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Etravirine Pregnancy and Breastfeeding Warnings

Etravirine is also known as: Intelence

Etravirine Pregnancy Warnings

An Antiretroviral Pregnancy Registry has been established to monitor maternal-fetal outcomes of pregnant women exposed to etravirine. Healthcare providers are encouraged to register patients by calling 1-800-258-4263 (USA).

Etravirine has been assigned to pregnancy category B by the FDA. Animal studies have failed to reveal evidence of fetal harm. There are no controlled data in human pregnancy. Etravirine is only recommended for use during pregnancy when benefit outweighs risk.

See references

Etravirine Breastfeeding Warnings

There are no data on the excretion of etravirine into human milk. The manufacturer recommends that due to the potential for HIV transmission and the potential for adverse reactions in nursing infants, mothers should not breast-feed while taking etravirine. The U.S. Public Health Service Centers for Disease Control and Prevention advise HIV-infected women not to breast-feed to avoid postnatal transmission of HIV to a child who may not yet be infected.

See references

References for pregnancy information

  1. Johnson LB, Saravolatz LD "Etravirine, a Next-Generation Nonnucleoside Reverse-Transcriptase Inhbitor." Clin Infect Dis (2009):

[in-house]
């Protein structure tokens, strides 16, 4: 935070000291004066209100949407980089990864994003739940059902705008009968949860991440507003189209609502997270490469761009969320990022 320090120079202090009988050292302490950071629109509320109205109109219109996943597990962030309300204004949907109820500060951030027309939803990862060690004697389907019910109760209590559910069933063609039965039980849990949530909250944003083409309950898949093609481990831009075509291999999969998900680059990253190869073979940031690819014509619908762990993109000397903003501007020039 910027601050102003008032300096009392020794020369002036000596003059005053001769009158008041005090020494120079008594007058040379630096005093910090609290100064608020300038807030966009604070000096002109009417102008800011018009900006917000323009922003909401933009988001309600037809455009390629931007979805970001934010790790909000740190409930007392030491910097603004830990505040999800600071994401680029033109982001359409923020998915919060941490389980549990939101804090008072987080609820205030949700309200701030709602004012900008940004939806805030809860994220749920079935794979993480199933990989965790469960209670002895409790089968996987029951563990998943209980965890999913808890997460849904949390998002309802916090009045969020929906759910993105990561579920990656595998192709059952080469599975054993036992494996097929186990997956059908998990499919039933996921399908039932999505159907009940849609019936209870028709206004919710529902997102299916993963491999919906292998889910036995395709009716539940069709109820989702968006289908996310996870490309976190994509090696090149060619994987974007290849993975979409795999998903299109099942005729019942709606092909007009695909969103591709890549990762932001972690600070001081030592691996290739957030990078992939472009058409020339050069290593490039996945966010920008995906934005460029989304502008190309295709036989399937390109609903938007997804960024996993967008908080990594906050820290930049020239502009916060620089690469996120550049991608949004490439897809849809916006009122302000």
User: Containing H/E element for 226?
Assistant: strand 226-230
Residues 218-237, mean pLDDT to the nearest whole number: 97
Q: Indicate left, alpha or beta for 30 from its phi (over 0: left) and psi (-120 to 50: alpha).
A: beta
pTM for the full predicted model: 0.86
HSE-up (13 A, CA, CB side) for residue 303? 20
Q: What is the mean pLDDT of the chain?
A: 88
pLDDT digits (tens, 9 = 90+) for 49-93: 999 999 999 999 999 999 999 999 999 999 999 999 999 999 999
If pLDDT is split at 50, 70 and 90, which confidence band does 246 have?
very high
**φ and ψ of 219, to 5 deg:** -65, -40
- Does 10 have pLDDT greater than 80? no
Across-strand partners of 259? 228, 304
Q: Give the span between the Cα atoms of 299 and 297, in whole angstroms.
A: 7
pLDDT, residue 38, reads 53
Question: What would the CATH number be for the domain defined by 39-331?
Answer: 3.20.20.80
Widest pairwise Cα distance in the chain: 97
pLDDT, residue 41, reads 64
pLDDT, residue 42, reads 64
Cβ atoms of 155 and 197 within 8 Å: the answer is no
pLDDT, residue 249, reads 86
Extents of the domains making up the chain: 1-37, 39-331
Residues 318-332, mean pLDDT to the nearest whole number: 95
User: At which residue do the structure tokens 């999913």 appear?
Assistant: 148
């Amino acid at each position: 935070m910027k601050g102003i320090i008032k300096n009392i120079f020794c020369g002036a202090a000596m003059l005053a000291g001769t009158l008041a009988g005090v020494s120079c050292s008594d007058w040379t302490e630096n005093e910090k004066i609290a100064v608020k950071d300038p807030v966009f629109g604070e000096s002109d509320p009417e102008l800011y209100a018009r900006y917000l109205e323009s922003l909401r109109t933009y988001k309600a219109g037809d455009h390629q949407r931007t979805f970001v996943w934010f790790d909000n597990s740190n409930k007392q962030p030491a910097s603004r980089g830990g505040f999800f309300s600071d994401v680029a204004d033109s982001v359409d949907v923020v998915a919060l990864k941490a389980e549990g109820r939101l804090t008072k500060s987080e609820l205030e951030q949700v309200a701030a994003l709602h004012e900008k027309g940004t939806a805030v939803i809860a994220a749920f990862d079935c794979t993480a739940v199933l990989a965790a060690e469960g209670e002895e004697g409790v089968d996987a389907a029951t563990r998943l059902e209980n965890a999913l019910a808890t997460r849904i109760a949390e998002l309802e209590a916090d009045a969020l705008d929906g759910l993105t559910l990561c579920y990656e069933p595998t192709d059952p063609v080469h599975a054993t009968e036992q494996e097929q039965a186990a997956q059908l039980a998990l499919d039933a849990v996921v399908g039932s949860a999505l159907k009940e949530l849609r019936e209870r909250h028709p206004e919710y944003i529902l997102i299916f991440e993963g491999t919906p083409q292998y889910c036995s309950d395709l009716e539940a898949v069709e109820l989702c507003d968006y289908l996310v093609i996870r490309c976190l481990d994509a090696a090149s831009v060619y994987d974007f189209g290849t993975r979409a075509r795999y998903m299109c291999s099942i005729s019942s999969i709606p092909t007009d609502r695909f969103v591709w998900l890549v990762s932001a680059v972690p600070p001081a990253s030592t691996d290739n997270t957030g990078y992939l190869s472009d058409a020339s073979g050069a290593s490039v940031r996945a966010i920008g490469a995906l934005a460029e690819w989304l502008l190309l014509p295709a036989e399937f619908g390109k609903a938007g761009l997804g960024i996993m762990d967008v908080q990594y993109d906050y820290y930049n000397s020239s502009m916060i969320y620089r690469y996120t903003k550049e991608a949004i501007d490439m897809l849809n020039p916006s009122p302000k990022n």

2. "Product Information. Intelence (etravirine)." Ortho Biotech Inc, Bridgewater, NJ.

References for breastfeeding information

  1. Panel on Treatment of HIV-Infected Pregnant Women and Prevention of Perinatal Transmission. National Institute of Health "Recommendations for use of antiretroviral drugs in pregnant HIV-1-infected women for maternal health and interventions to reduce perinatal HIV transmission in the United States. Available from: URL:" ([2011 Sep 14]):
  2. Johnson LB, Saravolatz LD "Etravirine, a Next-Generation Nonnucleoside Reverse-Transcriptase Inhbitor." Clin Infect Dis (2009):
  3. "Product Information. Intelence (etravirine)." Ortho Biotech Inc, Bridgewater, NJ.
  4. "Infant feeding and transmission of human immunodeficiency virus in the United States." Pediatrics 131 (2013): 391-6

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